Howl

In a way, Ginsberg never let go of Howl. Year after year, he returned to it, continually adding to the mythology of the poem as a spontaneous work that brought him and the world out of the closet of a repressive society. In 1956, he asserted that his intention in writing Howl was to liberate readers from their “false…self-deprecating image” of themselves and to persuade them that they were “angels.” In 1965, he insisted that Howl, and particularly the last section of the poem, was a true homage to art. In 1974, he defined his work as a literal “coming out of the closet”and an acknowledgement of the basic reality of homosexual joy. Ginsberg considered Howl a magic mirror. Whenever he peered into it he saw another side, another aspect. It had played a significant part in changing poetry in America, by making it more personal, more confessional and similar to the performance arts. Howl also played a small part in changing the world itself by collapsing cultural boundaries at the height of the Cold War and by encouraging cultural rebellion around the world. Ironically, the very fame that Howl brought to Ginsberg may have caused his exclusion from the elite company of the American poets. He wrote Howl with wildness and exuberance, setting himself apart from the respectable crowd of poets. Many of his own Columbia classmates and teachers felt that he’d turned against them and the education he’d received at college. By writing and publishing Howl, he committed an act of cultural treachery. In the act of writing Howl, he discovered the very language he needed, an everyday language and a language of the mundane and the apocalyptic. One of the most important topics in Howl was death, and he consequently talked about suicide. He accurately analyzed the death of so many members of his own generation and the spiritual death of a mechanized world. Fellow poet Kenneth Koch once asked him, “What do you have to have, or to be, to start with, in order to leave yourself open to produce good poetry?”Ginsberg replied, “A little glimpse of death. And the looseness and tolerance that it brings.” When he wrote Howl, he found the tolerance and the looseness he needed in order to create an American masterpiece.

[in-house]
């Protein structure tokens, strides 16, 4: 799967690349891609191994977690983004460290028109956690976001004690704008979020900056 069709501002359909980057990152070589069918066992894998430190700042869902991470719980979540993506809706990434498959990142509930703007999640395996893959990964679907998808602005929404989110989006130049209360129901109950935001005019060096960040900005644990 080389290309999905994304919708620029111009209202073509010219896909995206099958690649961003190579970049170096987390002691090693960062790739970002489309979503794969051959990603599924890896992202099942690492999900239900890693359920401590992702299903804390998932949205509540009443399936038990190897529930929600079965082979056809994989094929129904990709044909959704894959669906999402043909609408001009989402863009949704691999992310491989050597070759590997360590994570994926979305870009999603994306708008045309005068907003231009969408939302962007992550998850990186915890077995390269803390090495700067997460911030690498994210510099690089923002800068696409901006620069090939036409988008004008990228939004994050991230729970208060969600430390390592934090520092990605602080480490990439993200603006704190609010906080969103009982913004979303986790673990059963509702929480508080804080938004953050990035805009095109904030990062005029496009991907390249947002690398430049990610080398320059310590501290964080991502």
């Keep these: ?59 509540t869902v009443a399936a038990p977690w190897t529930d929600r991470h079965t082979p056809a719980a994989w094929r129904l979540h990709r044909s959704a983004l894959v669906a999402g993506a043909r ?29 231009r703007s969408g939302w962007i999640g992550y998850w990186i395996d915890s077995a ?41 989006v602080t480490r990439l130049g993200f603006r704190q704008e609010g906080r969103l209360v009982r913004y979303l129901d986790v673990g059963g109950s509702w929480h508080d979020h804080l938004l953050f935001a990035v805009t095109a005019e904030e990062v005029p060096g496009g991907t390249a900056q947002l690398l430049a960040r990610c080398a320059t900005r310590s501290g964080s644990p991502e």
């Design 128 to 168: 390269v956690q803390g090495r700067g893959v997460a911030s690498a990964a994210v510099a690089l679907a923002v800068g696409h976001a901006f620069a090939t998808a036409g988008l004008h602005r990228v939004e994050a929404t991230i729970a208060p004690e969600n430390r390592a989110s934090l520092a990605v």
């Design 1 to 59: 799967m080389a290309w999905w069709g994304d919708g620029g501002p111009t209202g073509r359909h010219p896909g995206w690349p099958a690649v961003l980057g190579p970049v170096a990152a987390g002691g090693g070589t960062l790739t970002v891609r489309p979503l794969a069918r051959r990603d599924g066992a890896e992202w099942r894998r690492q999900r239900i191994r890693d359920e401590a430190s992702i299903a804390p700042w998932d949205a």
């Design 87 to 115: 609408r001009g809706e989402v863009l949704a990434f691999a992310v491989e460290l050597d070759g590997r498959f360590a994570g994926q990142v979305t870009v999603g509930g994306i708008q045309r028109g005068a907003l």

Another important aspect of Howl is certainly sex. Ginsberg describes anal sex, oral sex, and what middle class Americans in 1955 would surely have called promiscuous sex, in a language that expands the vocabulary of poetry.

There’s no sex between married couples in Howl and no sex between longtime lovers; sometimes sex is depicted romantically. Mostly there’s a sense of despair and anxiety about sex. Ginsberg’s heroes hunger for sex much as they hunger for everything else in life.

The sexual hero of Howl is Neal Cassady, who appears as the  “Adonis of Denver” and as a joy to the memory of his several girlfriends.

Allen was very sexually attracted to Cassady, but he had to be careful in concealing the homosexual relationship between them. Writing about romantic love between men was still a taboo topic in the 1940s.

What exactly happened between Neal and Allen? Neal abused Allen: he was the master that humiliated him, but it seems that Allen encouraged the abuse, through specific requests.

So, Neal provided pain, without pleasure and torture without kindness.

In Howl, there’s no word about their intense, sadomasochistic relationship. Rather, Ginsberg chose to present Cassady as the Don Juan of the American West, a sexually liberated boy.

Neal Cassady is the secret hero of Howl because his bisexuality remains under wraps. Surely the public would have been shocked by Cassady’s homosexuality, given that he was a married man with three children.

 

 


 

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